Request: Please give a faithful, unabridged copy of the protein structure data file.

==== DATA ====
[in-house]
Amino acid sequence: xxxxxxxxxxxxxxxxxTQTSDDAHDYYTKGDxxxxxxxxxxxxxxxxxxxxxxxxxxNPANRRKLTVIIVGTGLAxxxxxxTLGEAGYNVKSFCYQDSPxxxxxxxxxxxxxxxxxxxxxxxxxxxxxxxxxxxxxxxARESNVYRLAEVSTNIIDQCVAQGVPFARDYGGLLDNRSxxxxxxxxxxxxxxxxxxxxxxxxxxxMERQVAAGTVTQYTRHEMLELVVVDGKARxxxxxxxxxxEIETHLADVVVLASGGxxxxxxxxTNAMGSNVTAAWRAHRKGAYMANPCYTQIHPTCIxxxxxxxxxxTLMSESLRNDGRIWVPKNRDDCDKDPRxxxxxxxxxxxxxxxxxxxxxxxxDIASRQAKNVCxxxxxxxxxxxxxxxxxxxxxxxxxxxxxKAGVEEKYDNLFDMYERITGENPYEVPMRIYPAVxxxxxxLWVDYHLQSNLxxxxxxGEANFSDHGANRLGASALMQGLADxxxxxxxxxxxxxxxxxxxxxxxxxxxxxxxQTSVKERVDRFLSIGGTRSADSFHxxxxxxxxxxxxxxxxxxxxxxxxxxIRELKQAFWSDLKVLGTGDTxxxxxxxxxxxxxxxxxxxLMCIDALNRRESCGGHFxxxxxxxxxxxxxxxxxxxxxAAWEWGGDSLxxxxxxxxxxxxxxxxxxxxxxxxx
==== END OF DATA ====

[in-house]
Amino acid sequence: xxxxxxxxxxxxxxxxxTQTSDDAHDYYTKGDxxxxxxxxxxxxxxxxxxxxxxxxxxNPANRRKLTVIIVGTGLAxxxxxxTLGEAGYNVKSFCYQDSPxxxxxxxxxxxxxxxxxxxxxxxxxxxxxxxxxxxxxxxARESNVYRLAEVSTNIIDQCVAQGVPFARDYGGLLDNRSxxxxxxxxxxxxxxxxxxxxxxxxxxxMERQVAAGTVTQYTRHEMLELVVVDGKARxxxxxxxxxxEIETHLADVVVLASGGxxxxxxxxTNAMGSNVTAAWRAHRKGAYMANPCYTQIHPTCIxxxxxxxxxxTLMSESLRNDGRIWVPKNRDDCDKDPRxxxxxxxxxxxxxxxxxxxxxxxxDIASRQAKNVCxxxxxxxxxxxxxxxxxxxxxxxxxxxxxKAGVEEKYDNLFDMYERITGENPYEVPMRIYPAVxxxxxxLWVDYHLQSNLxxxxxxGEANFSDHGANRLGASALMQGLADxxxxxxxxxxxxxxxxxxxxxxxxxxxxxxxQTSVKERVDRFLSIGGTRSADSFHxxxxxxxxxxxxxxxxxxxxxxxxxxIRELKQAFWSDLKVLGTGDTxxxxxxxxxxxxxxxxxxxLMCIDALNRRESCGGHFxxxxxxxxxxxxxxxxxxxxxAAWEWGGDSLxxxxxxxxxxxxxxxxxxxxxxxxx